Artist and poet Thomas Buchanan Read was a talented individual that walked the rugged path of loss and fame throughout his life.

Born in 1822 in a small Pennsylvania hamlet called Corner Ketch, his genetic bloodline was related to one of the signers of the Declaration of Independence. It was this inherited sense of valor and the hilly landscape north of Downingtown in Chester County that left an indelible impression on Read’s youth.

Thomas Buchanan Read

A self-portrait of Thomas Buchanan Read, circa 1860.

The worn terrain was as rural as it could be. While he enjoyed many aspects of nature and fished along the banks of the East Branch of the Brandywine Creek, life proved to be uncompromising as well. His slender frame and lack of muscular strength left him with the inability to confront his farm duties. Instead, his life lessons were nurtured by passages of the family bible and by his schoolteacher, a pedagogue who voiced the power of the textbook during the week and who, as a minister, voiced the power of the Gospel on Sundays at the local Methodist church. This ritual didn’t last long, as the death of Read’s father plunged the family’s standard of living into chaos.

At the age of 10, Read found himself apprenticed to a tailor with a mean disposition. Realizing that his only option for liberation was to run away, he did so and traveled by himself to Cincinnati, Ohio where his older sister lived. There, he took a position as a clerk in a grocery store, rolled cigars for a cigar maker, and painted and lettered business signs.

Read gradually discovered his natural ability for art and would walk to the Miami and Erie Canal to paint images of the boats and water birds as they drifted passed him. It was through a chance encounter that a wealthy citizen named Nicholas Longworth recognized the talent of this eighteen-year-old and offered him his studio to express his creativity. Commissioned to paint his first full length portrait, Read won praise for his image of US Presidential candidate, Gen. William Henry Harrison.

Despite accolades from Harrison’s colleagues, the young artist referred to his work as a “sad daub” and decided to move to Boston by the end of 1841 to study painting techniques. Upon his arrival, he met Henry Wadsworth Longfellow, the celebrated poet and Harvard professor who befriended him for the rest of his life. It was Longfellow who encouraged Read to hone his skills as a budding poet and submit his work for publication.

Almost two decades later, in 1859, Read collaborated on a project with Longfellow. He painted a portrait of the poet’s three young daughters to be used as an illustration for Longfellow’s whimsical poem, “The Children’s Hour,” which was published in Atlantic Monthly the following year.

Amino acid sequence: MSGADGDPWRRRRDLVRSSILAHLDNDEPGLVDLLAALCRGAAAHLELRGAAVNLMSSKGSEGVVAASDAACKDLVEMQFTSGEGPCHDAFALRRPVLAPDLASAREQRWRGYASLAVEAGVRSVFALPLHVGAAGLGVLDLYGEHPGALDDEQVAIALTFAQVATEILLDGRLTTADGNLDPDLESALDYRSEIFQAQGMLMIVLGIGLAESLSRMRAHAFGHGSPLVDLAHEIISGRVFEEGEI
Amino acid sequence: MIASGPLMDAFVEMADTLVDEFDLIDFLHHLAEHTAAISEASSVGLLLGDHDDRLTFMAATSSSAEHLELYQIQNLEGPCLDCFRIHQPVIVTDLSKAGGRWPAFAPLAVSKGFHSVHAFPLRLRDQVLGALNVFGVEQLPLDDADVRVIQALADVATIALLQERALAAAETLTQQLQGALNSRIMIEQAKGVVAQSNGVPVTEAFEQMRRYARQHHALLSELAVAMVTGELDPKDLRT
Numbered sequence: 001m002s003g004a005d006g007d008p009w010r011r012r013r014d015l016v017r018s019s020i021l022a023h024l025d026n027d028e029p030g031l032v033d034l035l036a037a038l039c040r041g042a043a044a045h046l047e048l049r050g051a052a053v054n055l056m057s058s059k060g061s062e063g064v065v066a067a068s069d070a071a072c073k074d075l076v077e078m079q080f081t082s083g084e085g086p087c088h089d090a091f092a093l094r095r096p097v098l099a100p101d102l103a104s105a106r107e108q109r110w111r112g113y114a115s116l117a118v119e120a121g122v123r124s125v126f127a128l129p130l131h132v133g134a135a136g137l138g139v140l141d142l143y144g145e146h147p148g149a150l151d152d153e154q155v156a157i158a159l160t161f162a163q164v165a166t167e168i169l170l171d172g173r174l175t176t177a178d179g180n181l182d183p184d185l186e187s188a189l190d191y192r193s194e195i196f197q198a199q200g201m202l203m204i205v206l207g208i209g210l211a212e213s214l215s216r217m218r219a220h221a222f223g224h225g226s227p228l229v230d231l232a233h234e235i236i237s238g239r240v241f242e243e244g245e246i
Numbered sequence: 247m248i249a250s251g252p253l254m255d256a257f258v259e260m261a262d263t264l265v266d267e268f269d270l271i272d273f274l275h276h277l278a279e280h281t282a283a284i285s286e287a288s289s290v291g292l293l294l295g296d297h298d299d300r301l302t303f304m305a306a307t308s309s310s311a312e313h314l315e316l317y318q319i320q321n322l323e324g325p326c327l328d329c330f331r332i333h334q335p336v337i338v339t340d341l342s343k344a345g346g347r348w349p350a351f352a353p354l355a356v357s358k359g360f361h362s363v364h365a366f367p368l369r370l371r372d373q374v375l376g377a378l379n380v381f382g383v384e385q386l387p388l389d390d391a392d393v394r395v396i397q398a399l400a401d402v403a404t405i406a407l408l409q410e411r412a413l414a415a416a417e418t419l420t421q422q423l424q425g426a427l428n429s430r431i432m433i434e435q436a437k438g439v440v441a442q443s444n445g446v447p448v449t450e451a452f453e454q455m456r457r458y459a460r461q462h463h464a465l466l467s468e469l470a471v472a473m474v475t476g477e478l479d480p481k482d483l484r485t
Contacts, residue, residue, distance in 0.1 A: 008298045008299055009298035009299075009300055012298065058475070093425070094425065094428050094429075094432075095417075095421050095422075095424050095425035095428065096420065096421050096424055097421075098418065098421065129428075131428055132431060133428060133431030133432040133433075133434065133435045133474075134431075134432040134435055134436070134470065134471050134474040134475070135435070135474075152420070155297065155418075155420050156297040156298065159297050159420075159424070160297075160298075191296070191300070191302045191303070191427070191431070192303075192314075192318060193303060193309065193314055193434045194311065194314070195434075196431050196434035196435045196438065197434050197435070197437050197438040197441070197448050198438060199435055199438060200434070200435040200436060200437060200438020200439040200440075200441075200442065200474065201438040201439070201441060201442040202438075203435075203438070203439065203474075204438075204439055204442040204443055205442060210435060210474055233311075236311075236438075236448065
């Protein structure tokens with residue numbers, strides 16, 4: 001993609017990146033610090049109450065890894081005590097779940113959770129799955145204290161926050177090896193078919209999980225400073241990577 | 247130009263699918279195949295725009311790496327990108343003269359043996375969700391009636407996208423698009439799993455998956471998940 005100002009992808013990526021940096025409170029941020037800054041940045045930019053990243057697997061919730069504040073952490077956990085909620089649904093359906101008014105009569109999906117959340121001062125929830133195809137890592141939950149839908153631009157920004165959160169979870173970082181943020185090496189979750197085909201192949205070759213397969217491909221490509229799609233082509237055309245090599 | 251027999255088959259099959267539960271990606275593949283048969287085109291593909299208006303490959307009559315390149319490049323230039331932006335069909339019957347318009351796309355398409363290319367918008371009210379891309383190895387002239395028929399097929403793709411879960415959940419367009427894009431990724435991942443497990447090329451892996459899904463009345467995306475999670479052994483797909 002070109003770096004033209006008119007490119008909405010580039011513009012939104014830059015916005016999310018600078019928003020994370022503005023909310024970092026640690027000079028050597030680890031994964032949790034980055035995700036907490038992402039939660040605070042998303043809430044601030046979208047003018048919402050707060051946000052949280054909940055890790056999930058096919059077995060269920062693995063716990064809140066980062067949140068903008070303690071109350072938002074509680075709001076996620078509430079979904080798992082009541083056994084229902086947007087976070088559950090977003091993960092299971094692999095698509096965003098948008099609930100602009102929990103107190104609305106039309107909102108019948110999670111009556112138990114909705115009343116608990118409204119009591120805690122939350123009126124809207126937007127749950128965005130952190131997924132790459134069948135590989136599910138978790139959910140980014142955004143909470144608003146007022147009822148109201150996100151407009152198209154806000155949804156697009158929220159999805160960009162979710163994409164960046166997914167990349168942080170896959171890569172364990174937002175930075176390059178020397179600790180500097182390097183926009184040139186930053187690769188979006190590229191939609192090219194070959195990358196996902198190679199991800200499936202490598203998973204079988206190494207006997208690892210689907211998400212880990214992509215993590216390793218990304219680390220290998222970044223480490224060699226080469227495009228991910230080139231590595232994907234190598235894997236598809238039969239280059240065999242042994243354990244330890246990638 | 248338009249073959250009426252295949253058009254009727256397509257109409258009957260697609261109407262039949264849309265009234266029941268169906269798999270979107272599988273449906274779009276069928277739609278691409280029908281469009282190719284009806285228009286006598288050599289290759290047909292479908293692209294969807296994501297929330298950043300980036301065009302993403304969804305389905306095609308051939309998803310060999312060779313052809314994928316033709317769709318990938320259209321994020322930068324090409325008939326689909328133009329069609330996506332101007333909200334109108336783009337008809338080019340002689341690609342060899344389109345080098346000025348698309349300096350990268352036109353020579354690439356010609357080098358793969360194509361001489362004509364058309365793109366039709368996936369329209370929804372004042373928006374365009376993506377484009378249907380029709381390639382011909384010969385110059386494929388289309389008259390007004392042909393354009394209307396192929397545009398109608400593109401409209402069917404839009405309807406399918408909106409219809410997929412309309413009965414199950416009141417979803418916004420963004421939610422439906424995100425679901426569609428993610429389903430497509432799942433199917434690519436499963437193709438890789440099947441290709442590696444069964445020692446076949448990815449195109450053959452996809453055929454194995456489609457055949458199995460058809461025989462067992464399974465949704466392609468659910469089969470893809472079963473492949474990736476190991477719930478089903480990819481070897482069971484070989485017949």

Besides Longfellow, Read’s unselfish devotion to others gained the attention of a young woman by the name of Mary Pratt. As a recent college graduate of Bradford Academy, one of the finest female institutions in Massachusetts and New England for teaching Christianity, Mary, a native of Ohio, had a deep proficiency in literary classics. Sharing their love for the arts, their faith, and each other, the couple was blissfully wed in 1843.

By 1846, as Read’s reputation as a premier painter continued to grow, they had decided to move to Philadelphia. In addition, so did his family with the birth of his daughter, Alice. Another daughter, Lilian, would be welcomed into the world two years later.

In 1850, the family moved again. They boarded for passage across the Atlantic Ocean and settled in the ancient stone-carved metropolis of Rome, where Read freely continued to explore painting techniques and subjects. Always restless, he returned to America whenever he could.

In 1852, he opened an art studio at 215 Chestnut St. in Philadelphia, but sought for inspiration outside of the city. He chose to settle in Bordentown and commute to work by train or steamship. The old brick home that he purchased on Main Street (Farnsworth Avenue) appealed to him, since its location near the top of a hill captured golden sunsets and accessibility to the steamboat landing along Crosswicks Creek where he spent the day fishing.

On occasion, his daughters would join him for an afternoon of relaxation as well. The scene, along with the boat traffic of Delaware and Raritan Canal, reminded him of how the tranquility of the waterways comforted the calamity of his youth.